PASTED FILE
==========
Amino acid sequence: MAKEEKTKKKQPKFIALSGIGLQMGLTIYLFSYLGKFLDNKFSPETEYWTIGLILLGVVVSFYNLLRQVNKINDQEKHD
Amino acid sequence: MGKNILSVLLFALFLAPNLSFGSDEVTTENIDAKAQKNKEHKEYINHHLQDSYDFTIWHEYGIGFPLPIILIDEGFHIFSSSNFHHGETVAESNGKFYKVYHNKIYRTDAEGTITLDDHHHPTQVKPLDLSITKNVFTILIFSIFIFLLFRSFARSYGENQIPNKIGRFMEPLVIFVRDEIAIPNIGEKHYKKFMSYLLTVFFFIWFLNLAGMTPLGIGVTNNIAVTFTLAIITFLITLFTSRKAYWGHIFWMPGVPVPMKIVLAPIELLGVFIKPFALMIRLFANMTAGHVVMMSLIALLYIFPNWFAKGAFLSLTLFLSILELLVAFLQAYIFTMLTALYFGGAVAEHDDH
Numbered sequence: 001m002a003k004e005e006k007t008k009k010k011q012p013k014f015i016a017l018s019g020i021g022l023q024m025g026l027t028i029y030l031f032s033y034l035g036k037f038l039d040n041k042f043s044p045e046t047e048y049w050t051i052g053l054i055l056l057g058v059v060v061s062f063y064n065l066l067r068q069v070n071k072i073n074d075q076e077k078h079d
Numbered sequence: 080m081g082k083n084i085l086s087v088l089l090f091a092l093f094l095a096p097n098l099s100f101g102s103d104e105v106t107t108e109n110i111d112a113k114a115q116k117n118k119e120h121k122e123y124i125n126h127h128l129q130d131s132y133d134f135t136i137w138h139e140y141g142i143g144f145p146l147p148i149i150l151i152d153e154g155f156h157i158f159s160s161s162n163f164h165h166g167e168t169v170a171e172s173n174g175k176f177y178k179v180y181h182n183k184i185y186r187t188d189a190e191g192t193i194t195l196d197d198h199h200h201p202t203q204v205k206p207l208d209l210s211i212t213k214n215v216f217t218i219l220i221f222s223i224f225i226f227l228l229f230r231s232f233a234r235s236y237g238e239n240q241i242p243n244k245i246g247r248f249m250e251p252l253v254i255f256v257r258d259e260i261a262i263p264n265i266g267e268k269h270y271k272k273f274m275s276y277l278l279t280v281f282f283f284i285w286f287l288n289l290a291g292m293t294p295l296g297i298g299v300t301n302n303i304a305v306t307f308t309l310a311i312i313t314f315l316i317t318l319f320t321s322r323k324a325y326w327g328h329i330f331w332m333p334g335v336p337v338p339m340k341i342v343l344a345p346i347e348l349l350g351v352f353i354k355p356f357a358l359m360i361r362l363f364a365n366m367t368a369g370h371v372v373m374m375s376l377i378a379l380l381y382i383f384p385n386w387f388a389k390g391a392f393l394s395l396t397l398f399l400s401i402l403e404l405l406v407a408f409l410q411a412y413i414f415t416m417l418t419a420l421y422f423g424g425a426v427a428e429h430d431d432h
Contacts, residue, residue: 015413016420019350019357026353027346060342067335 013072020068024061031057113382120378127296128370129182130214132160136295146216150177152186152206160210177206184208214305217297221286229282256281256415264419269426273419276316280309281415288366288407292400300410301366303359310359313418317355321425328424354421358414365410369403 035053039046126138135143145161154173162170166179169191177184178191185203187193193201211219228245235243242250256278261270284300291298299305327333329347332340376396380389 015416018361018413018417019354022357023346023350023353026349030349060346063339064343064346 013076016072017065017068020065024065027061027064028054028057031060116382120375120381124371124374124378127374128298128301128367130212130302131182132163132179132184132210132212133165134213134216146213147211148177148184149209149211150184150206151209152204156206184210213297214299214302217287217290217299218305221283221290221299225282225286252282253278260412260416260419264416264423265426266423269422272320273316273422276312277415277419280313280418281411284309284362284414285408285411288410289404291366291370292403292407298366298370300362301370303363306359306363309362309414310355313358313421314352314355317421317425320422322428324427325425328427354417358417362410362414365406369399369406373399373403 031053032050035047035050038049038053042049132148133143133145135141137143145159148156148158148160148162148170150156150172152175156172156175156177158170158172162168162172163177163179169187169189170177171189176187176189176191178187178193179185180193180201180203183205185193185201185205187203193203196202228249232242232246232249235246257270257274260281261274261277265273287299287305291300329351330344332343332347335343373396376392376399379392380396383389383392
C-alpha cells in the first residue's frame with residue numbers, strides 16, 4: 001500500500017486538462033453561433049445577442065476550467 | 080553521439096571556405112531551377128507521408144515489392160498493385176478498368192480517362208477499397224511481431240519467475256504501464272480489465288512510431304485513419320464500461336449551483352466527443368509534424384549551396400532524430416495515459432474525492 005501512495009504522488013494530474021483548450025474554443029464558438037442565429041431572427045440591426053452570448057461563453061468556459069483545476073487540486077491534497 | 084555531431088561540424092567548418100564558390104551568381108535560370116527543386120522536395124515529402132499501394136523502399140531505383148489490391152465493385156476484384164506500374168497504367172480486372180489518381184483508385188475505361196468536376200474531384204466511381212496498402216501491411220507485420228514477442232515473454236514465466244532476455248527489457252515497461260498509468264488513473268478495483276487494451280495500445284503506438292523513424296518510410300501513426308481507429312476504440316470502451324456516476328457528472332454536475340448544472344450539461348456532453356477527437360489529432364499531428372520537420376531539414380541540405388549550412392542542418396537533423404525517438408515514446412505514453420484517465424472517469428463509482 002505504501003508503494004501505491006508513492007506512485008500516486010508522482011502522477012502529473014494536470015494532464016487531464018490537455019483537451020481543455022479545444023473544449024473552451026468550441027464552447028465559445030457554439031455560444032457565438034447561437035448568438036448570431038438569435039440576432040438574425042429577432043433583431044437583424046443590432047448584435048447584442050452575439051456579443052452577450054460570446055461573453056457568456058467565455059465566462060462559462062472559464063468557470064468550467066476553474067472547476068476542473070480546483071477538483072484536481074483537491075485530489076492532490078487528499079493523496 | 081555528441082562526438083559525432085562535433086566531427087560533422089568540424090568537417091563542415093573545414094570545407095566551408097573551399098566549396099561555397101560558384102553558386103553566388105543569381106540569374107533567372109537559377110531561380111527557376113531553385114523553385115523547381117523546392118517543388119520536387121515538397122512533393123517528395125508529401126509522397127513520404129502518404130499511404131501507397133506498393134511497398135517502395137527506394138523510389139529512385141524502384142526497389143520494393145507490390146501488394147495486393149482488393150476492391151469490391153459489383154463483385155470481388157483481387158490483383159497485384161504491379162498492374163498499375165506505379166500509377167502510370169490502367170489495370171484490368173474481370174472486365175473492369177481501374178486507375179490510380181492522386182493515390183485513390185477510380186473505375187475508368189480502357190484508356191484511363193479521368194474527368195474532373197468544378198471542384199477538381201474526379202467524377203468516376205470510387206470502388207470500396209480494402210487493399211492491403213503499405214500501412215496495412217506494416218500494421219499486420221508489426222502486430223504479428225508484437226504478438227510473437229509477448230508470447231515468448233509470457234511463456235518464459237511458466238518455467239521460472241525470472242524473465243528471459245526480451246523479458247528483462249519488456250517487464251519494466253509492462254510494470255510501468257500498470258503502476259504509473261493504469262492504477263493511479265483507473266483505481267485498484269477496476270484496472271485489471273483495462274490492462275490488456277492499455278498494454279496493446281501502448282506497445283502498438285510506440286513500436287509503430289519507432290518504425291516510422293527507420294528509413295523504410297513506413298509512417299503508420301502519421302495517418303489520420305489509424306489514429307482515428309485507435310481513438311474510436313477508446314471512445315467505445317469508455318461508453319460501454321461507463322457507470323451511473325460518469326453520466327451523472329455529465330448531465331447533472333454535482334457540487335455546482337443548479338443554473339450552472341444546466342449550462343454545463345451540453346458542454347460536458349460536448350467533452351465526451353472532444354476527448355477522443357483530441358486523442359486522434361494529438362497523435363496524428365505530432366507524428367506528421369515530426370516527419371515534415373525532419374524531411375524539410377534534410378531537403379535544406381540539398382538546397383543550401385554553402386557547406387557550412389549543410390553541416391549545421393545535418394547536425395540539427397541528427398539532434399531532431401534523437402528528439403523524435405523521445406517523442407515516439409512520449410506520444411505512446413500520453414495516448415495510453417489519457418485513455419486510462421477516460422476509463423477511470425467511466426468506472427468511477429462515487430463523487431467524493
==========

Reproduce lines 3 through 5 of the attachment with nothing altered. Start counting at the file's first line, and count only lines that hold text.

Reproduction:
Numbered sequence: 001m002a003k004e005e006k007t008k009k010k011q012p013k014f015i016a017l018s019g020i021g022l023q024m025g026l027t028i029y030l031f032s033y034l035g036k037f038l039d040n041k042f043s044p045e046t047e048y049w050t051i052g053l054i055l056l057g058v059v060v061s062f063y064n065l066l067r068q069v070n071k072i073n074d075q076e077k078h079d
Numbered sequence: 080m081g082k083n084i085l086s087v088l089l090f091a092l093f094l095a096p097n098l099s100f101g102s103d104e105v106t107t108e109n110i111d112a113k114a115q116k117n118k119e120h121k122e123y124i125n126h127h128l129q130d131s132y133d134f135t136i137w138h139e140y141g142i143g144f145p146l147p148i149i150l151i152d153e154g155f156h157i158f159s160s161s162n163f164h165h166g167e168t169v170a171e172s173n174g175k176f177y178k179v180y181h182n183k184i185y186r187t188d189a190e191g192t193i194t195l196d197d198h199h200h201p202t203q204v205k206p207l208d209l210s211i212t213k214n215v216f217t218i219l220i221f222s223i224f225i226f227l228l229f230r231s232f233a234r235s236y237g238e239n240q241i242p243n244k245i246g247r248f249m250e251p252l253v254i255f256v257r258d259e260i261a262i263p264n265i266g267e268k269h270y271k272k273f274m275s276y277l278l279t280v281f282f283f284i285w286f287l288n289l290a291g292m293t294p295l296g297i298g299v300t301n302n303i304a305v306t307f308t309l310a311i312i313t314f315l316i317t318l319f320t321s322r323k324a325y326w327g328h329i330f331w332m333p334g335v336p337v338p339m340k341i342v343l344a345p346i347e348l349l350g351v352f353i354k355p356f357a358l359m360i361r362l363f364a365n366m367t368a369g370h371v372v373m374m375s376l377i378a379l380l381y382i383f384p385n386w387f388a389k390g391a392f393l394s395l396t397l398f399l400s401i402l403e404l405l406v407a408f409l410q411a412y413i414f415t416m417l418t419a420l421y422f423g424g425a426v427a428e429h430d431d432h
Contacts, residue, residue: 015413016420019350019357026353027346060342067335 013072020068024061031057113382120378127296128370129182130214132160136295146216150177152186152206160210177206184208214305217297221286229282256281256415264419269426273419276316280309281415288366288407292400300410301366303359310359313418317355321425328424354421358414365410369403 035053039046126138135143145161154173162170166179169191177184178191185203187193193201211219228245235243242250256278261270284300291298299305327333329347332340376396380389 015416018361018413018417019354022357023346023350023353026349030349060346063339064343064346 013076016072017065017068020065024065027061027064028054028057031060116382120375120381124371124374124378127374128298128301128367130212130302131182132163132179132184132210132212133165134213134216146213147211148177148184149209149211150184150206151209152204156206184210213297214299214302217287217290217299218305221283221290221299225282225286252282253278260412260416260419264416264423265426266423269422272320273316273422276312277415277419280313280418281411284309284362284414285408285411288410289404291366291370292403292407298366298370300362301370303363306359306363309362309414310355313358313421314352314355317421317425320422322428324427325425328427354417358417362410362414365406369399369406373399373403 031053032050035047035050038049038053042049132148133143133145135141137143145159148156148158148160148162148170150156150172152175156172156175156177158170158172162168162172163177163179169187169189170177171189176187176189176191178187178193179185180193180201180203183205185193185201185205187203193203196202228249232242232246232249235246257270257274260281261274261277265273287299287305291300329351330344332343332347335343373396376392376399379392380396383389383392